Saturday, October 11, 2014

Citizens should have lessons in copyright morals and ethics

MP for Hove Actually Mark Weatherley, who somehow has been entrusted with advising David Cameron on matters relating to intellectual property, wants kids to be taught copyright morality in schools:

In a 51-page report that was just released Weatherley stresses the importance of copyright awareness and education, especially for the younger generation. This is needed as respect for copyright has declined in recent years and some even believe that sharing copyrighted material without permission is not a big deal.

“There is … a certain level of tolerance for the idea that IP infringements could be considered legitimate. Some believe that illegal activity online is a social norm, with no moral implications,” Weatherley writes.

“We are at risk of an entire generation growing up with different levels of respect for IP and copyright in particular. Should this social contract disappear, there could be longer-term consequences beyond the immediate, short-term negative impacts experienced by the creative sector,” he adds.
We would quote some chunks of his report, but, hey, let's respect the guy's right to be wrong in private, yes?

The idea of schools having honest education about the morality and ethics of the copyright industry isn't all bad - getting teenagers to explore the reasons why copyright used to expire after a sensible period, and debating the consistent push back of that expiration as MPs like Weatherley do the bidding of multinational corporations could make for lively lessons and an aware populace.

However, what Weatherley is actually suggesting isn't that the ethics and morality of the copyright industry be taught at all; he just wants lessons based on that awful thing they make you watch at the start of DVDs.

Sidenote: Mike Weatherley, besides being an MP, has found time in his busy routine to be director of a bunch of companies associated with MPLC, a company that exists to "help" people with copyright licences. You might think that this exciting hinterland means that Weatherley is something of an expert in the field, which he is sharing with the rest of the coalition. Equally, though, you might wonder if this means he might not have started his report with the most open of minds.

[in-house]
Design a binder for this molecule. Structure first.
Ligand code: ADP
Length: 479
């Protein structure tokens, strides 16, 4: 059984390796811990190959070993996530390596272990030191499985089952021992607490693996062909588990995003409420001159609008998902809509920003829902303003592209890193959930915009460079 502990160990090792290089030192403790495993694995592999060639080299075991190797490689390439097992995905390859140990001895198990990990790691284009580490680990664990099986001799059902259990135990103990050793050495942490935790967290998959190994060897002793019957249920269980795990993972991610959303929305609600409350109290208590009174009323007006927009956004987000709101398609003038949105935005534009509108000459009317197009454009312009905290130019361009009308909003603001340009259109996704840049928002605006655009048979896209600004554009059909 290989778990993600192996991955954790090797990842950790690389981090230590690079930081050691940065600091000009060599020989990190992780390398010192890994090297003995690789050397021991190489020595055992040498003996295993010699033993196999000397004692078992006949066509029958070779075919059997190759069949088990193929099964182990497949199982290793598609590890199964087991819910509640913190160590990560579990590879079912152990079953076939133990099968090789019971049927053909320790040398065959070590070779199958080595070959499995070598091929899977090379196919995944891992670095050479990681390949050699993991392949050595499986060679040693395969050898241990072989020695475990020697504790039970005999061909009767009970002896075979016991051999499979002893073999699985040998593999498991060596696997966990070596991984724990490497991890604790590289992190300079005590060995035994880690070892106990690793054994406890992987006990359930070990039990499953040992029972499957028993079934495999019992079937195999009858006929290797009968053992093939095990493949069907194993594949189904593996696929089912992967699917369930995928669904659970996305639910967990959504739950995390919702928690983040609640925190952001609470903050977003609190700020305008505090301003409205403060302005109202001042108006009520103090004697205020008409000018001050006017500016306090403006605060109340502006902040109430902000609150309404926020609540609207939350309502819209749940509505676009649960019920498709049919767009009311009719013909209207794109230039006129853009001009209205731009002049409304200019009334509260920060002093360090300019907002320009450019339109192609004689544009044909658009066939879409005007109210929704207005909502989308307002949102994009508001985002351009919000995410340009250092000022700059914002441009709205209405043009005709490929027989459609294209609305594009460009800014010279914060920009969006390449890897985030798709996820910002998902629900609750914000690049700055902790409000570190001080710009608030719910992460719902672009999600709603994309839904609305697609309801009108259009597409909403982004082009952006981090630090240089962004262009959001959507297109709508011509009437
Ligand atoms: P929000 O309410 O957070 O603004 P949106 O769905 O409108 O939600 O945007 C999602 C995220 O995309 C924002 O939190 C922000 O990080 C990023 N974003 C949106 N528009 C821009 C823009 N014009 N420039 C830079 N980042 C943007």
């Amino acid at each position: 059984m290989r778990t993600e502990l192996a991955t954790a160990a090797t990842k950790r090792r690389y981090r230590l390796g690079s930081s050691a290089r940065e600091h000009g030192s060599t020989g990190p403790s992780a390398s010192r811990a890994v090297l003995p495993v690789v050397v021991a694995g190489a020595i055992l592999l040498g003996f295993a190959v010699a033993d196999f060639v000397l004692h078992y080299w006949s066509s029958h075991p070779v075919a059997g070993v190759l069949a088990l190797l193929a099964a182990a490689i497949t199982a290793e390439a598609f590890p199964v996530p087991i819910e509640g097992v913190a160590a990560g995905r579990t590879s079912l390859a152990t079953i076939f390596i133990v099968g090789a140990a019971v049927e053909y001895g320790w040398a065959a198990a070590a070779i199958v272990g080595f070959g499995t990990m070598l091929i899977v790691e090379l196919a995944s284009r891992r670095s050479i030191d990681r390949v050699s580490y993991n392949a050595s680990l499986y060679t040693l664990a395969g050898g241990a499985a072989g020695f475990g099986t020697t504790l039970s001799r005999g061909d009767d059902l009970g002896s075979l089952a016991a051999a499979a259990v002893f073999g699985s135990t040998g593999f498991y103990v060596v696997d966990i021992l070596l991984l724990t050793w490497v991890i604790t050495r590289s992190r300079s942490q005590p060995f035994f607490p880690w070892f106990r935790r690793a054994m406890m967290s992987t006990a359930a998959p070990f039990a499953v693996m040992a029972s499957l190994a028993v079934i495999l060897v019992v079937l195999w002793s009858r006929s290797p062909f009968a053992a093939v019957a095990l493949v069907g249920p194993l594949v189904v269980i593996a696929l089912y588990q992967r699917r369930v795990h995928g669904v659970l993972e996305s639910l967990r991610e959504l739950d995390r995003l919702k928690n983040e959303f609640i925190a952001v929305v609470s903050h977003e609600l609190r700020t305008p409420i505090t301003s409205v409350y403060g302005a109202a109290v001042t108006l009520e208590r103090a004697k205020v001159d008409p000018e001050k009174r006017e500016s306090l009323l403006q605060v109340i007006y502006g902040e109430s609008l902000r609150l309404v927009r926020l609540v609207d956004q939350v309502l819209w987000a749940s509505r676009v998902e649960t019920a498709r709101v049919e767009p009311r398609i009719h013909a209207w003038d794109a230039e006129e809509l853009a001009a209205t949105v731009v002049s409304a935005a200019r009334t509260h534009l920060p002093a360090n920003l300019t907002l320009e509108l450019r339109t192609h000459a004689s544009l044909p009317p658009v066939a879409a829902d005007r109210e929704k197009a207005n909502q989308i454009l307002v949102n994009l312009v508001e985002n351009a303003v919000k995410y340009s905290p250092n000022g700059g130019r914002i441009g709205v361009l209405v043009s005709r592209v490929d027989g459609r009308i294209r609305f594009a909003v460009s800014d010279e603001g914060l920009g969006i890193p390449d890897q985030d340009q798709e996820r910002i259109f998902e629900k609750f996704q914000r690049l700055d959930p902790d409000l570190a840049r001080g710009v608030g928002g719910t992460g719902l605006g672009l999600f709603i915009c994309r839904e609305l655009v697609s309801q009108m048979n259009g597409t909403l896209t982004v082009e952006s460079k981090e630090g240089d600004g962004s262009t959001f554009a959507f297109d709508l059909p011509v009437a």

Listen with No Rock: Tweeter's Tales

If you've ever been seized with a desire to want to know what I sound like, and don't have the sort of unfettered access to people's phones only available to News International journalists and the Met Police, good news: I've been given the honour of featuring in an episode of Tweeter's Tales, in which Rick and I swap tales of Tony Hadley, Alan McGee, and - inevitably - Bono.

Thursday, October 09, 2014

Kim Gordon: Coming next year

Kim Gordon's Girl In A Band Memoir. Taking preorders; publishing February next year.

Crystal Castles split. Maybe.

So it's all over for Crystal Castles, then:

The band last played together on October 5th, 2013, so it's almost as if Glass has invoked some sort of 'if you're on the run for a year and a day you're a free person' clause.

It's too bad they've split; what's worse is that Crystal Castles might struggle on without Alice:
Speaking to NME the duo's manager commented: "There will be twists and turns ahead for Crystal Castles, I wouldn't bury the dead just yet!"
Glass' comments don't sound like she's biddable for a return; the management's line seems to be that she's replaceable. Which probably tells you as much as you need to know about the split.

Wednesday, October 08, 2014

Man doesn't know who Jay-Z is; MTV literally can't believe it

Beyonce and Jay-Z are in Paris and are surrounded by a hullabaloo. The hullabaloo has, in turn, attracted its own hullabaloo, in the midst of which was someone interested, but not sure what he was witnessing.

MTV's Maurice Bobb just doesn't believe this:

Free life lesson: if you’re going to film Jay Z and Beyoncé taking daughter Blue Ivy on a private tour of The Louvre in Paris, you should at least know who they are.
I suppose that's sort-of true; but it's not true if all you're doing is filming a hubbub, you might only need to know there's a hubbub.
A tourist-turned-wannabe paparazzo made a major faux pas when he tried to get footage of the On The Run Tour headliners making their way into the historic French museum.
Pleasetellmehedidn'tcallBeyonceKelly. Pleasetellmehedidn'tcallBeyonceKelly. Pleasetellmehedidn'tcallBeyonceKelly. Pleasetellmehedidn'tcallBeyonceKelly.

Oh, hang on, he didn't. As his "major faux pas" was "not recognising some people":
“Who is he?” the cameraman asked about the world-renowned rapper from Brooklyn.
There's something happening. Asking what's happening doesn't seem to be a faux pas; it seems to be a sensible thing to do. It's not like recognising Jay-Z is - yet - taught to every school child on the planet.
The Magna Carta… Holy Grail MC then gave the best response ever as he walked by with his daughter in his arms and his super-famous wife — who was busy taking photos of her own — trailing behind.
Hold on. The best response ever? I'm really hoping this will be "I'm Solange Knowles' brother-in-law", or maybe "I dunno, the nurses told me, like, six times this morning, but it just won't stick", or "I'm Elvis, but don't tell anyone, they get over-excited", or "are you the only person who doesn't watch Keeping Up With The Kardashians?" But, hey, I'm an amateur. Jay-Z is a professional. Let's hear this zinging comeback - a comeback which, according to MTV's Maurice Bobb - outstrips anything Churchill, Parker or Wilde ever came up.